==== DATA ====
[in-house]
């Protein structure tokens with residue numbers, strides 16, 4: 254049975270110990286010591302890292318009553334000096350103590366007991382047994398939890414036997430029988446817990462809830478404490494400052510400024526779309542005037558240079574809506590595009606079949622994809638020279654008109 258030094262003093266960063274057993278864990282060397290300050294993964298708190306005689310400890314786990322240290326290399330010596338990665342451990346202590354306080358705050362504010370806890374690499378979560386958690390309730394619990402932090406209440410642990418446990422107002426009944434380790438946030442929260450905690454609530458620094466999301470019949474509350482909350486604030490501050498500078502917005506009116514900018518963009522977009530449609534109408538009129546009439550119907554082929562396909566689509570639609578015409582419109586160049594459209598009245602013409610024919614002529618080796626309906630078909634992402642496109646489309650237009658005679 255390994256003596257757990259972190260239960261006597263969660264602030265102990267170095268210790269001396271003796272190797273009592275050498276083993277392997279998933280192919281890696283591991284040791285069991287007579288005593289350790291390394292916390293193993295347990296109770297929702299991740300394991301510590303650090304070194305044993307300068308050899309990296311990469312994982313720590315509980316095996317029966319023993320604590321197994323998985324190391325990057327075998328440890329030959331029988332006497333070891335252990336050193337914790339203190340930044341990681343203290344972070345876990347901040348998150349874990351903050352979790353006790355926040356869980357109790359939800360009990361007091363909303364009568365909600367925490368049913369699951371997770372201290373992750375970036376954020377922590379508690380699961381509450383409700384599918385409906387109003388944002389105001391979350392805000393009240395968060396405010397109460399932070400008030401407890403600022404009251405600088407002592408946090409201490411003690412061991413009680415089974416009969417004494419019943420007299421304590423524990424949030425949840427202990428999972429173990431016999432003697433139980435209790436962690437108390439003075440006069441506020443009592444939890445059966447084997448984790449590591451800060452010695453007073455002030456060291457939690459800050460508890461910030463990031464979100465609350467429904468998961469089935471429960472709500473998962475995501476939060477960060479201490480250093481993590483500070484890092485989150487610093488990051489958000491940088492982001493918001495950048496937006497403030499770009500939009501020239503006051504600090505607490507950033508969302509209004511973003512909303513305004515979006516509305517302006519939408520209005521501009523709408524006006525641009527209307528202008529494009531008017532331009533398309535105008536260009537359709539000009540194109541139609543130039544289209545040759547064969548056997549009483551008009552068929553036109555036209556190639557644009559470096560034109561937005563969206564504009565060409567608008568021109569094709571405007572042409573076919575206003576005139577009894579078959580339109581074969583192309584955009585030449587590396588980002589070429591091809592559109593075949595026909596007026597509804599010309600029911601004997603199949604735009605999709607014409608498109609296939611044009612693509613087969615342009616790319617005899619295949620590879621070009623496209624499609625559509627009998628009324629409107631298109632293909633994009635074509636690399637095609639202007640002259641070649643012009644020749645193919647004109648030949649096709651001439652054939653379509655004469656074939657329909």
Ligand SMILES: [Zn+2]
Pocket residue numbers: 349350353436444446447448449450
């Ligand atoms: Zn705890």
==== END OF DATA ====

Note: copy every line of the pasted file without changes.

[in-house]
């Protein structure tokens with residue numbers, strides 16, 4: 254049975270110990286010591302890292318009553334000096350103590366007991382047994398939890414036997430029988446817990462809830478404490494400052510400024526779309542005037558240079574809506590595009606079949622994809638020279654008109 258030094262003093266960063274057993278864990282060397290300050294993964298708190306005689310400890314786990322240290326290399330010596338990665342451990346202590354306080358705050362504010370806890374690499378979560386958690390309730394619990402932090406209440410642990418446990422107002426009944434380790438946030442929260450905690454609530458620094466999301470019949474509350482909350486604030490501050498500078502917005506009116514900018518963009522977009530449609534109408538009129546009439550119907554082929562396909566689509570639609578015409582419109586160049594459209598009245602013409610024919614002529618080796626309906630078909634992402642496109646489309650237009658005679 255390994256003596257757990259972190260239960261006597263969660264602030265102990267170095268210790269001396271003796272190797273009592275050498276083993277392997279998933280192919281890696283591991284040791285069991287007579288005593289350790291390394292916390293193993295347990296109770297929702299991740300394991301510590303650090304070194305044993307300068308050899309990296311990469312994982313720590315509980316095996317029966319023993320604590321197994323998985324190391325990057327075998328440890329030959331029988332006497333070891335252990336050193337914790339203190340930044341990681343203290344972070345876990347901040348998150349874990351903050352979790353006790355926040356869980357109790359939800360009990361007091363909303364009568365909600367925490368049913369699951371997770372201290373992750375970036376954020377922590379508690380699961381509450383409700384599918385409906387109003388944002389105001391979350392805000393009240395968060396405010397109460399932070400008030401407890403600022404009251405600088407002592408946090409201490411003690412061991413009680415089974416009969417004494419019943420007299421304590423524990424949030425949840427202990428999972429173990431016999432003697433139980435209790436962690437108390439003075440006069441506020443009592444939890445059966447084997448984790449590591451800060452010695453007073455002030456060291457939690459800050460508890461910030463990031464979100465609350467429904468998961469089935471429960472709500473998962475995501476939060477960060479201490480250093481993590483500070484890092485989150487610093488990051489958000491940088492982001493918001495950048496937006497403030499770009500939009501020239503006051504600090505607490507950033508969302509209004511973003512909303513305004515979006516509305517302006519939408520209005521501009523709408524006006525641009527209307528202008529494009531008017532331009533398309535105008536260009537359709539000009540194109541139609543130039544289209545040759547064969548056997549009483551008009552068929553036109555036209556190639557644009559470096560034109561937005563969206564504009565060409567608008568021109569094709571405007572042409573076919575206003576005139577009894579078959580339109581074969583192309584955009585030449587590396588980002589070429591091809592559109593075949595026909596007026597509804599010309600029911601004997603199949604735009605999709607014409608498109609296939611044009612693509613087969615342009616790319617005899619295949620590879621070009623496209624499609625559509627009998628009324629409107631298109632293909633994009635074509636690399637095609639202007640002259641070649643012009644020749645193919647004109648030949649096709651001439652054939653379509655004469656074939657329909």
Ligand SMILES: [Zn+2]
Pocket residue numbers: 349350353436444446447448449450
């Ligand atoms: Zn705890």